Childhood and adolescence: but it was children in every conceivable hue of blue and red and yellow and black and grey clothes that dominated. There were perhaps twenty of them, lovely children, mostly little girls, some big and already in love, walking along with the big boys. A chemist’s daughter was surrounded by admirers, she sat on a crate and held court there. (The Ring is Closed, 1936)
There are only a few descriptions of childhood and adolescence in Hamsun’s writing in which the perspective is that of the child. Important exceptions are Victoria (1898) and The Ring is Closed.
Although children are rarely given their own perspective and voice, they appear frequently and positively as indicators of differing family relationships.
Hamsun involved himself actively and passionately on behalf of children in articles and essays, including the so-called "Child-killer debate" of 1915.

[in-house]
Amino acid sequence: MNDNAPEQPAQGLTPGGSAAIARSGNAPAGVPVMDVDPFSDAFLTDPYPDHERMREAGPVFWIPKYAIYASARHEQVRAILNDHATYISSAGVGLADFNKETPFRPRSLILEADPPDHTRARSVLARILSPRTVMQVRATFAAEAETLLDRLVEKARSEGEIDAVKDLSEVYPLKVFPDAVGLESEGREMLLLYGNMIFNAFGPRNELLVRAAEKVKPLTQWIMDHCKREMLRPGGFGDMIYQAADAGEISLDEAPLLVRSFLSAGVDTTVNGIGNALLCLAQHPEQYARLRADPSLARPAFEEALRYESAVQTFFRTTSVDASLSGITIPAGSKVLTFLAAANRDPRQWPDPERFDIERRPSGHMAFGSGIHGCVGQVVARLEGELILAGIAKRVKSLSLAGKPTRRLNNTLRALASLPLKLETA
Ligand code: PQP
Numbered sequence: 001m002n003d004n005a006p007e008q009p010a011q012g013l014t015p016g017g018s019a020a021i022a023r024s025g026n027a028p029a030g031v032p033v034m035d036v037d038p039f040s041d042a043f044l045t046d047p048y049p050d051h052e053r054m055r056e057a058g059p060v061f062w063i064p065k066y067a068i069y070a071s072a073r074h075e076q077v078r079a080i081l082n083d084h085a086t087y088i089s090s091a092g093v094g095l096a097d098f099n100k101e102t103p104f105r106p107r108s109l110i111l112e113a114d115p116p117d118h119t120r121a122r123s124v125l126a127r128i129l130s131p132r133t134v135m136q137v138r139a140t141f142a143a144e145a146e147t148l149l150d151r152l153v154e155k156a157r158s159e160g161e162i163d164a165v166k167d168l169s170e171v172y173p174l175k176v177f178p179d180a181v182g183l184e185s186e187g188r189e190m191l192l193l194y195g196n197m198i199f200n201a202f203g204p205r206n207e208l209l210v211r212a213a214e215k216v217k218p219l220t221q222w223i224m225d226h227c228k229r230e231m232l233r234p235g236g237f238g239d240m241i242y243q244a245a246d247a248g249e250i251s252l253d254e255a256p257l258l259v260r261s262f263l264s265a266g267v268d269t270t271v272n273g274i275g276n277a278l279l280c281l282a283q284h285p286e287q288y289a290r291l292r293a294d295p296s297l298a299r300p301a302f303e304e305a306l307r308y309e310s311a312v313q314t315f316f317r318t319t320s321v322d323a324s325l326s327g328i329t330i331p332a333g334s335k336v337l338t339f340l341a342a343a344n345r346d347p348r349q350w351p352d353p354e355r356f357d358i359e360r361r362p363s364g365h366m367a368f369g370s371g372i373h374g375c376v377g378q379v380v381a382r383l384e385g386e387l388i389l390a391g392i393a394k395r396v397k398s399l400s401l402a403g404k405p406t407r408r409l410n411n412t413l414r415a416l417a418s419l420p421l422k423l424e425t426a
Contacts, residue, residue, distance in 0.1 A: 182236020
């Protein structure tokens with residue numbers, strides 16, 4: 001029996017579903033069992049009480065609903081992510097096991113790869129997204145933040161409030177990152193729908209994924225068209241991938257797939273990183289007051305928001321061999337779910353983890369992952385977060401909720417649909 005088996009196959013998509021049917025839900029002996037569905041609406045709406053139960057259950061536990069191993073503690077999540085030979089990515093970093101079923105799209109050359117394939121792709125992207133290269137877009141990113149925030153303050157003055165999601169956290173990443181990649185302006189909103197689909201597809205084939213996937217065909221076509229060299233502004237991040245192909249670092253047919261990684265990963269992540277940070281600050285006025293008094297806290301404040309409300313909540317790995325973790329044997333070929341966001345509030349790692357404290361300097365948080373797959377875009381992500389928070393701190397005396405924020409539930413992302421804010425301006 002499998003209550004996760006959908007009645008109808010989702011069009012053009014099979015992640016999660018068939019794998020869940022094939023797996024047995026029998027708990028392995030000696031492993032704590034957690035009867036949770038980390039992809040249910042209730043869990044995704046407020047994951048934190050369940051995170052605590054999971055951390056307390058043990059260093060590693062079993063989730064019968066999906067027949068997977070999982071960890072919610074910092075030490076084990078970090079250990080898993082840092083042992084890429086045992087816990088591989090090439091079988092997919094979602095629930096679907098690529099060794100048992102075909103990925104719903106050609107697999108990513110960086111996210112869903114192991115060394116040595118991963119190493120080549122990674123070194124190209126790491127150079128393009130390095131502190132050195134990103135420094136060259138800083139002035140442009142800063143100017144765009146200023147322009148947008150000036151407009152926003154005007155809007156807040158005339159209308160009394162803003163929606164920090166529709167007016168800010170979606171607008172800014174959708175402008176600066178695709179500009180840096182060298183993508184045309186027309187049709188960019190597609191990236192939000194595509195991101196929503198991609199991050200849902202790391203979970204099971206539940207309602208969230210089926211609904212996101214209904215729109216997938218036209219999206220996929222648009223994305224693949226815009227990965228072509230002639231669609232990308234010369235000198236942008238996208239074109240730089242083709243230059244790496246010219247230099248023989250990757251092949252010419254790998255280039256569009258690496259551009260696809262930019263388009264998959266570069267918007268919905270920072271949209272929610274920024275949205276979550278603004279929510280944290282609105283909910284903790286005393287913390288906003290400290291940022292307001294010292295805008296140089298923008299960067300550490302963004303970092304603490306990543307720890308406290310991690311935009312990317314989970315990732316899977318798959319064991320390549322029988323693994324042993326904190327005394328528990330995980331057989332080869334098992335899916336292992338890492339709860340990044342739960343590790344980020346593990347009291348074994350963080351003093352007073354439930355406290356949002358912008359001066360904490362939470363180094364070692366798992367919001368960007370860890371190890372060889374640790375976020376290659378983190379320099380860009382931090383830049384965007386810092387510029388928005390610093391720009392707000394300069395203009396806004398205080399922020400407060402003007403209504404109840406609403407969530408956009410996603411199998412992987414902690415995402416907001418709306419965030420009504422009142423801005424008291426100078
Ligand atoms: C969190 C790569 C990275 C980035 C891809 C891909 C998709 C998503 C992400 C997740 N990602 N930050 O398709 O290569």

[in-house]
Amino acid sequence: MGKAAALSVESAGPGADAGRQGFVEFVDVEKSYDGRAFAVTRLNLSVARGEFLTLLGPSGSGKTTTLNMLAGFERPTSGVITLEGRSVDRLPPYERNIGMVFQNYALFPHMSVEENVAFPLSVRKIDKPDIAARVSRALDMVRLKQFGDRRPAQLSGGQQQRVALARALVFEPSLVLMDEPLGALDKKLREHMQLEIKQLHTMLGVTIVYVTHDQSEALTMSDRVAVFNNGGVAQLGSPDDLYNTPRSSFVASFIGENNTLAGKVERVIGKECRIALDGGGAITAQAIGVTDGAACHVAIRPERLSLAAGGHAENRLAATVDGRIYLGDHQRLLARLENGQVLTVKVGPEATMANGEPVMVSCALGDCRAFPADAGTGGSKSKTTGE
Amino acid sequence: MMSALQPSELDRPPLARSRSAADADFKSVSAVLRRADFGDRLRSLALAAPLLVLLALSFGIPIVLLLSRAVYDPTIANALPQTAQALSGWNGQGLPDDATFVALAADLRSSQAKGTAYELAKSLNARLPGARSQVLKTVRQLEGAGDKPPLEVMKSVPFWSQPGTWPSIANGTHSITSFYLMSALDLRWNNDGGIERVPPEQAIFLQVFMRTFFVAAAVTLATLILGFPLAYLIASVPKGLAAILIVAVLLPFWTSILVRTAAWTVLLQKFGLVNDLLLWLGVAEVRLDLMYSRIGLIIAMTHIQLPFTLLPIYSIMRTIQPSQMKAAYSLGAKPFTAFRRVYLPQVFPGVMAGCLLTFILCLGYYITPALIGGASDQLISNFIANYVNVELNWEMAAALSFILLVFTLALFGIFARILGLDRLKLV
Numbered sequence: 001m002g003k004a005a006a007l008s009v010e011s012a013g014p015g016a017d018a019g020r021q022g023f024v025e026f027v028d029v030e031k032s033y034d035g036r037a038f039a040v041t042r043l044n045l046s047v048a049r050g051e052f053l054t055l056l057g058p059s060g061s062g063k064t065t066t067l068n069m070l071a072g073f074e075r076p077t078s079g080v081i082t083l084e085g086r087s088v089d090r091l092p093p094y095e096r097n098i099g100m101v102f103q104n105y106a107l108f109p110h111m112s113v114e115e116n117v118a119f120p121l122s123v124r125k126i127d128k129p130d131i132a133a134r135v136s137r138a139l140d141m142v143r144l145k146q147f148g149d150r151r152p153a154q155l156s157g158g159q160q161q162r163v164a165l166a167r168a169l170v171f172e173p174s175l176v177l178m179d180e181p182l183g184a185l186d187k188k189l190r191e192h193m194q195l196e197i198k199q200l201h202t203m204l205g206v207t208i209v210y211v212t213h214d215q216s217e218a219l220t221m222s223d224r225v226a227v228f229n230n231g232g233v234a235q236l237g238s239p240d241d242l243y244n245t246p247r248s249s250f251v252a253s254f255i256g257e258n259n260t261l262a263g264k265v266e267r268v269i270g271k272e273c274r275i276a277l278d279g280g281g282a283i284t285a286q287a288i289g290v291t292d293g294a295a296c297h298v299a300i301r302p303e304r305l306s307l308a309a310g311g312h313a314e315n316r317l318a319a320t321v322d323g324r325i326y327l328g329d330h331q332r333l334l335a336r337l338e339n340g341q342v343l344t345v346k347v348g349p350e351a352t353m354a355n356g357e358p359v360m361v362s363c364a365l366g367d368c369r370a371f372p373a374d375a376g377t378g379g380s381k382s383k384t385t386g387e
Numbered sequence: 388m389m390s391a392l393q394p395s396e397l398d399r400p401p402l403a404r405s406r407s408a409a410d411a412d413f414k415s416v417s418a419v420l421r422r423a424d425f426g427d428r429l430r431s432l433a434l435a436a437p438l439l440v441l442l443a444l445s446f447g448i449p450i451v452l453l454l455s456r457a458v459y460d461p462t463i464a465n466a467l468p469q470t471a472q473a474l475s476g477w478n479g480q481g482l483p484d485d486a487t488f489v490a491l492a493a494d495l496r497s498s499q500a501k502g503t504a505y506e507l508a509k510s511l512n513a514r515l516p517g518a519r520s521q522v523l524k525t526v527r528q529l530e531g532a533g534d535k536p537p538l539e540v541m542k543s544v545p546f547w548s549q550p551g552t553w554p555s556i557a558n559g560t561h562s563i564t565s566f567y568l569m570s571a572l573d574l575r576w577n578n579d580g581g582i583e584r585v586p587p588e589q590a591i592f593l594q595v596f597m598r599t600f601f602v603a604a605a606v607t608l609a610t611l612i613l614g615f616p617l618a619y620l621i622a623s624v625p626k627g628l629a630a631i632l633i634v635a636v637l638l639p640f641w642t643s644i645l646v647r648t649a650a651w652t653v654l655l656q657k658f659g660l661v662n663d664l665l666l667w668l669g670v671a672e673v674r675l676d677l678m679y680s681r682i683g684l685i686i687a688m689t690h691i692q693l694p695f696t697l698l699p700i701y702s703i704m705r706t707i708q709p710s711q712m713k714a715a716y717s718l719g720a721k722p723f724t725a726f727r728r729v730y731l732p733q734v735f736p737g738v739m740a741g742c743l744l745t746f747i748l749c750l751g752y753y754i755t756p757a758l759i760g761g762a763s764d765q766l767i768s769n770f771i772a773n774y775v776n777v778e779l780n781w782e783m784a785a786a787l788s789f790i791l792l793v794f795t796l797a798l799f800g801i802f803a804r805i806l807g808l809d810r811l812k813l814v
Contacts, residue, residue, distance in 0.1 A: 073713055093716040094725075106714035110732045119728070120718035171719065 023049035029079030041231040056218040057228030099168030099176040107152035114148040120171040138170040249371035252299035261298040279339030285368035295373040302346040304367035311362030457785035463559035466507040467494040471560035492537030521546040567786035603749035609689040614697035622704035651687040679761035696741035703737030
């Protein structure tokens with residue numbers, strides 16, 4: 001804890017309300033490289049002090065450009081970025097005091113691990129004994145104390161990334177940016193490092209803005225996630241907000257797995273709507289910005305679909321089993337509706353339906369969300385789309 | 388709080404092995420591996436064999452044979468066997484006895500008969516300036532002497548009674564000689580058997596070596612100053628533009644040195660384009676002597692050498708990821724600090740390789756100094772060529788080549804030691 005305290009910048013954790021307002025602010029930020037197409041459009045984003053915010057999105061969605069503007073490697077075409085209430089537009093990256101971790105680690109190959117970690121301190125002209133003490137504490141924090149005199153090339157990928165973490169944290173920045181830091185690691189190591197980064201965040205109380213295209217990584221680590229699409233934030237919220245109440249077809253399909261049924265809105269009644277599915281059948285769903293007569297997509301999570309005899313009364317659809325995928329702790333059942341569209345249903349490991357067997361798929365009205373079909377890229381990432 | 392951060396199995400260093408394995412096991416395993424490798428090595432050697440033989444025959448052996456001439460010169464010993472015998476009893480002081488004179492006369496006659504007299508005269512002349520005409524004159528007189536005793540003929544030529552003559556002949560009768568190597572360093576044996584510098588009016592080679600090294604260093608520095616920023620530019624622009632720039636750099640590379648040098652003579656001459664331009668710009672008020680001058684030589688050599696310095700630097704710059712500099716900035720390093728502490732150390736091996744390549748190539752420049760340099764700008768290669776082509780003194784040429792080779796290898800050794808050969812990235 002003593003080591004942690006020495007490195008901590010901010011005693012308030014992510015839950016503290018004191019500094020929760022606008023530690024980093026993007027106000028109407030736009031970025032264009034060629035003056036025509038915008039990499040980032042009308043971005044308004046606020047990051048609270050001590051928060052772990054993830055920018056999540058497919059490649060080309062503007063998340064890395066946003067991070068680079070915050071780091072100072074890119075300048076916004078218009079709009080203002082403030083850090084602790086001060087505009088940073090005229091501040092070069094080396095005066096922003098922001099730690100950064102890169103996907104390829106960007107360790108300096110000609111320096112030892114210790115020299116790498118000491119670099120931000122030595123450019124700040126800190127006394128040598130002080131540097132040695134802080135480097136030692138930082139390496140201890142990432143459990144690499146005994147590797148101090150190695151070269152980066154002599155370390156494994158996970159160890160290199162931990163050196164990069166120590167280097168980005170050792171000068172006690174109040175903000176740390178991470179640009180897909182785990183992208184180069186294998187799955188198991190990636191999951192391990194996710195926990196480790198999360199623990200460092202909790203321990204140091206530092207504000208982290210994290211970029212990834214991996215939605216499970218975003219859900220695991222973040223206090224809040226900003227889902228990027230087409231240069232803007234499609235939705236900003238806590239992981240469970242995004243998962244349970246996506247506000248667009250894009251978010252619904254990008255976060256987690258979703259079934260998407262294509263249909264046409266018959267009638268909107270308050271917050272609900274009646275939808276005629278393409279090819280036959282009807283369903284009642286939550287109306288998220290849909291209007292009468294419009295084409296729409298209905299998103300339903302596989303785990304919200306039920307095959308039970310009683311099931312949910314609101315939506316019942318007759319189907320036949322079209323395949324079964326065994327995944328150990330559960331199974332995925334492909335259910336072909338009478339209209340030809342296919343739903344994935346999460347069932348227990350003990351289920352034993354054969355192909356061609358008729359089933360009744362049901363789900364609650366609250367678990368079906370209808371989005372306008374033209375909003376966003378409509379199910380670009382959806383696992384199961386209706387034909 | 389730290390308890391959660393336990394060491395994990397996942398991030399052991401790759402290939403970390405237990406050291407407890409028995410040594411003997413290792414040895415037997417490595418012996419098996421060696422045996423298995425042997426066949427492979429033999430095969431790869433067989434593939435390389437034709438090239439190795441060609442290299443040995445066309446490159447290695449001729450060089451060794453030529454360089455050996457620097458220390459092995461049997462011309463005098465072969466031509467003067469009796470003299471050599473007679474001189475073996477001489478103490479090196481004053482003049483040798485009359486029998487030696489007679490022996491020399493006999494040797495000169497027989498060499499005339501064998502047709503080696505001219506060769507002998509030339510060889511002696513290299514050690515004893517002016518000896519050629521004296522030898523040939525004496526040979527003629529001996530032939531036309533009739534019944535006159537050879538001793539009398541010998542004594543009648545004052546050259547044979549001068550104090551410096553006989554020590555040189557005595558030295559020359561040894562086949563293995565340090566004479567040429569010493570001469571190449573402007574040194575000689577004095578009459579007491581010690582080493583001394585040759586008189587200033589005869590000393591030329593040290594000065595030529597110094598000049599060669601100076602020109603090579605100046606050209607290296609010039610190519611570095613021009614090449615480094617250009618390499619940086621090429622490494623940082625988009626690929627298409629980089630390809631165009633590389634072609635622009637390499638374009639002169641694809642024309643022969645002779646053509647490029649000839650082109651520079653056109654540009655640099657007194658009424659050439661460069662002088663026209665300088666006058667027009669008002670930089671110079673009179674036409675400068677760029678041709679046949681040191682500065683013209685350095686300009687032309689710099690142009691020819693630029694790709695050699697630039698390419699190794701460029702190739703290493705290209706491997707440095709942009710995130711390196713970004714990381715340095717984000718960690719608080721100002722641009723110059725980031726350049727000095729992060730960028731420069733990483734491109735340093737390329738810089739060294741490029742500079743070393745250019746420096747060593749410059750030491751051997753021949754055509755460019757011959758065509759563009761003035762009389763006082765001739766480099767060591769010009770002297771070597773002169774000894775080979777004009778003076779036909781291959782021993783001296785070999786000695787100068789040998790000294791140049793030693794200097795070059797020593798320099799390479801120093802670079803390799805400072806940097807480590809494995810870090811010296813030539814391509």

Hamsun’s own childhood and adolescence were characterised by poverty, social and artistic ambition, and a rich imagination.
As a grown man Hamsun was much preoccupied with children and the young, and he used his speech at the Nobel Prize dinner to hail the virtues of youth. While Victoria, the daughter of his marriage to his first wife, was treated rather shabbily, he was a kind and generous father to the four children of his marriage to Marie, although they were sent away from home early, much against Marie Hamsun’s will.